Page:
By: Executive Education

The difficulty with many new ideas is that they’re hard to empirically prove, leaving key decision makers no basis for comparison. The good news is, designers can create data through simple prototyping. If you’re struggling to get buy-in from key stakeholders due to lack of hard data, consider building an empathetic data set, derived from real user prototype testing.

How to gather empathetic data:

Take your prototype (it doesn’t need to be perfect, just usable) and place it in a context where your users currently experience your product or service. Bonus points if you can find a setting that allows users to test the current offering and the new offering. Extra bonus points if that setting is low pressure, so customers feel comfortable giving open and honest feedback. During your test, capture usage counts, quotes, and reactions via notes or video. Create a sizable data sample to support and refine your prototype.

Pro tip: bring your decision makers along to watch and interact with users.

Real-world application example:

Rough prototype

Rough prototype

Bill Pacheco, Design Thinking Bootcamp alum, didn’t quite see eye to eye with his management team at Cybex, a manufacturer of premium exercise equipment. Having learned the value of empathizing with real customers, Bill routinely visited gyms to observe and talk to people. He focused on older exercisers using their treadmills, and was surprised how they held onto the machines, grasping anywhere they could for support, as they gained speed. But, when he came back to Cybex with exciting insights and equipment mockups, his management team saw too many aesthetic and cost challenges and wasn’t as enthusiastic and disregarded the changes.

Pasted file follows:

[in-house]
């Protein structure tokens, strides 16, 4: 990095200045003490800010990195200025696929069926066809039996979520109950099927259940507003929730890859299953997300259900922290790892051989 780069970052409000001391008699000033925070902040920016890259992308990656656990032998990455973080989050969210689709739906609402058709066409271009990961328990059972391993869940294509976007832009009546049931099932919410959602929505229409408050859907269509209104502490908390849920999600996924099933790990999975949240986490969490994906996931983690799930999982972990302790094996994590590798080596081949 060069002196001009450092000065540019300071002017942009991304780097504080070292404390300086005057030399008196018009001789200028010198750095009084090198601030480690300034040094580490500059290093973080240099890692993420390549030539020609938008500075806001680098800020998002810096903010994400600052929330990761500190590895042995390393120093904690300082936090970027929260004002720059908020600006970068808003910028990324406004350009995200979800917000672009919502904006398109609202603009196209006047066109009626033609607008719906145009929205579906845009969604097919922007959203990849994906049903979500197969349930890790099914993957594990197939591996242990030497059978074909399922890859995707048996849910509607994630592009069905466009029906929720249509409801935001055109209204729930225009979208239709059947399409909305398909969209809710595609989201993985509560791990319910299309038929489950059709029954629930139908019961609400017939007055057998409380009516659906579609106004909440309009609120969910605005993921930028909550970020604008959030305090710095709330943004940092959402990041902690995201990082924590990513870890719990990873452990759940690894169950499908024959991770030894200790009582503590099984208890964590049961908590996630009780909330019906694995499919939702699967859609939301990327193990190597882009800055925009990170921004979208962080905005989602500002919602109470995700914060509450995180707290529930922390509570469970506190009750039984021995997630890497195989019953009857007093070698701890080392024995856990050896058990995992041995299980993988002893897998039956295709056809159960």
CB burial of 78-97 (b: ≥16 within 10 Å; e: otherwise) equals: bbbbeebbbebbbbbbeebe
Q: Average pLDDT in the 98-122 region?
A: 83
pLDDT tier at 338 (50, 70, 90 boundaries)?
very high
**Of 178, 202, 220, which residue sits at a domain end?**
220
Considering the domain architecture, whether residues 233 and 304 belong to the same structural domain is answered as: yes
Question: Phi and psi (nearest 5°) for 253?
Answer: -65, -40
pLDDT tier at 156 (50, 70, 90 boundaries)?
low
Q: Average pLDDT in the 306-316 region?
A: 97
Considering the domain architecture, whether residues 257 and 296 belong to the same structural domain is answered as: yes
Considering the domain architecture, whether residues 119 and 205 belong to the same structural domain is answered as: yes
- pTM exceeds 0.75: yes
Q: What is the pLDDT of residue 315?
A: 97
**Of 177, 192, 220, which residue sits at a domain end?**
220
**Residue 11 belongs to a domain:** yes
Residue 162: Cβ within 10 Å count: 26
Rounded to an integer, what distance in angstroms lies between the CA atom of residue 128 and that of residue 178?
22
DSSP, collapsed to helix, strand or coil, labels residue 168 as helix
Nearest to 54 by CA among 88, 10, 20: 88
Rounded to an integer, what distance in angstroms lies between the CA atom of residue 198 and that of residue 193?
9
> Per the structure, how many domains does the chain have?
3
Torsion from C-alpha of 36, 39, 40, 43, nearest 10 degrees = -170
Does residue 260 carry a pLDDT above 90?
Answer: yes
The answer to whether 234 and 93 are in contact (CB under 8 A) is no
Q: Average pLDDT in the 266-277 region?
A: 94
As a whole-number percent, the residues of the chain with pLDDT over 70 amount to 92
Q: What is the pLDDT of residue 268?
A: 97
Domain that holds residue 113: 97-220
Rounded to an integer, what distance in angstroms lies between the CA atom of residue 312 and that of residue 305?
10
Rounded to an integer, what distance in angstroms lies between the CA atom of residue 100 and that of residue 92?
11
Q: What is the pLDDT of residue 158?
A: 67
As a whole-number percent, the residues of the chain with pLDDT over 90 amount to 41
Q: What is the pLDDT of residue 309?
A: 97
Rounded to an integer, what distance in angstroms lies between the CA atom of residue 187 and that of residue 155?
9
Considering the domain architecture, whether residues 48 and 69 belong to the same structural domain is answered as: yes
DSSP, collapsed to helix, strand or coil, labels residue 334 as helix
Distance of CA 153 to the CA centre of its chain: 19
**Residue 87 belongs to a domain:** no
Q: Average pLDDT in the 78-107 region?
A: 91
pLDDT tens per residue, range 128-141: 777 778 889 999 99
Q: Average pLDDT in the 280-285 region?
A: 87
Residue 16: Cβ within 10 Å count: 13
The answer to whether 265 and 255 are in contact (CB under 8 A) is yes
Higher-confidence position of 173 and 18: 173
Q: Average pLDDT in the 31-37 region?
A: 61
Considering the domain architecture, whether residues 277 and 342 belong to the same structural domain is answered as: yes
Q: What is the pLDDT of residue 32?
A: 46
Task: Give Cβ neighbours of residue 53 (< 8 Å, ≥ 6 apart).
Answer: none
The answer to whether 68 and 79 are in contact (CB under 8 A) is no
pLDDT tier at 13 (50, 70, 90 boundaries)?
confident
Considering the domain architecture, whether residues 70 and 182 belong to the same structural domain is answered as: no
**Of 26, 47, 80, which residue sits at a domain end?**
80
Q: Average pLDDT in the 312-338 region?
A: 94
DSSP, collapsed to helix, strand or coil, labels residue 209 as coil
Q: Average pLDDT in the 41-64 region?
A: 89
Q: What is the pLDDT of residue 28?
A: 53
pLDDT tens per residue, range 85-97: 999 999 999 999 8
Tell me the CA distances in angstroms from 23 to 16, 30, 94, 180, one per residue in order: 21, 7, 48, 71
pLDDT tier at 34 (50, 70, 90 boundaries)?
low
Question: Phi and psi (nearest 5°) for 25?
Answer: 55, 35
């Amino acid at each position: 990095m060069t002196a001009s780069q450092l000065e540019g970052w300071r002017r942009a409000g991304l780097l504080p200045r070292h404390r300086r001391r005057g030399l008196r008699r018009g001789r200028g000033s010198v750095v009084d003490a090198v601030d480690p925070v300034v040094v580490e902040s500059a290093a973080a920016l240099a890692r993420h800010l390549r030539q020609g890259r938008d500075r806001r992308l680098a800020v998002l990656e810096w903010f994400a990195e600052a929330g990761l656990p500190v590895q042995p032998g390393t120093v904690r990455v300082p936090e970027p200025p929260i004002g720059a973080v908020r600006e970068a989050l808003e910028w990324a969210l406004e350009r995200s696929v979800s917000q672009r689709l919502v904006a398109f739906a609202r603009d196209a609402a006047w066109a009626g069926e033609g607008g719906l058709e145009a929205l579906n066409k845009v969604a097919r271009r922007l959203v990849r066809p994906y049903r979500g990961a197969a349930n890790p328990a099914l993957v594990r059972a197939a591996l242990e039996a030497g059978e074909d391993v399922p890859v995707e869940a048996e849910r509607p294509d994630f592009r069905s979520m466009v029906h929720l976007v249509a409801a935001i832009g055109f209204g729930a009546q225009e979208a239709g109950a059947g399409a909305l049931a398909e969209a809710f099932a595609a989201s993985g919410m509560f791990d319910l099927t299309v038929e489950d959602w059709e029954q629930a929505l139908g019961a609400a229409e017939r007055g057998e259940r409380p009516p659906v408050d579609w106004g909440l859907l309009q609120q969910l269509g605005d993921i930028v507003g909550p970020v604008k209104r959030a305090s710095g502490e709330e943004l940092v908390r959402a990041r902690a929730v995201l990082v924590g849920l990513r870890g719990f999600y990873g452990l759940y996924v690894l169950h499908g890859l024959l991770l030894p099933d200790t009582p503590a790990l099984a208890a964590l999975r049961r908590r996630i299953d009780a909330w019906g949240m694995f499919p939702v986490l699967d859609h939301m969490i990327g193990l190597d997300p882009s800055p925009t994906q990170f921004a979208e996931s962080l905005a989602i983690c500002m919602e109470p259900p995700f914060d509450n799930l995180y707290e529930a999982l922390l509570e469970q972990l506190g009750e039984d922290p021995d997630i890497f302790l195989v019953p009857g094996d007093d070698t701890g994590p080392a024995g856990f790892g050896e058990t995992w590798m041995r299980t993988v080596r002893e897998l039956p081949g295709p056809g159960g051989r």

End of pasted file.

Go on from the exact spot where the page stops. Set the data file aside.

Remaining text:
Final product

Final product

Because of the care built up through empathy, Bill and his design team persevered and hacked into existing treadmills extra support handles and placed them in a small hotel gym with an aim to collect data for his management team. Within minutes of their install, people gravitated to those machines over the existing models. When asked why they stated, "because they feel safer" and became their favorite machines to use. With the data to back up his findings, management gave Bill the green light to go to market with the new treadmills. The design team ended up solving the form versus function and the treadmills were a big hit increasing sales by 20% in the first two years. 


Written by Sarah Holcomb & Kathryn Segovia 

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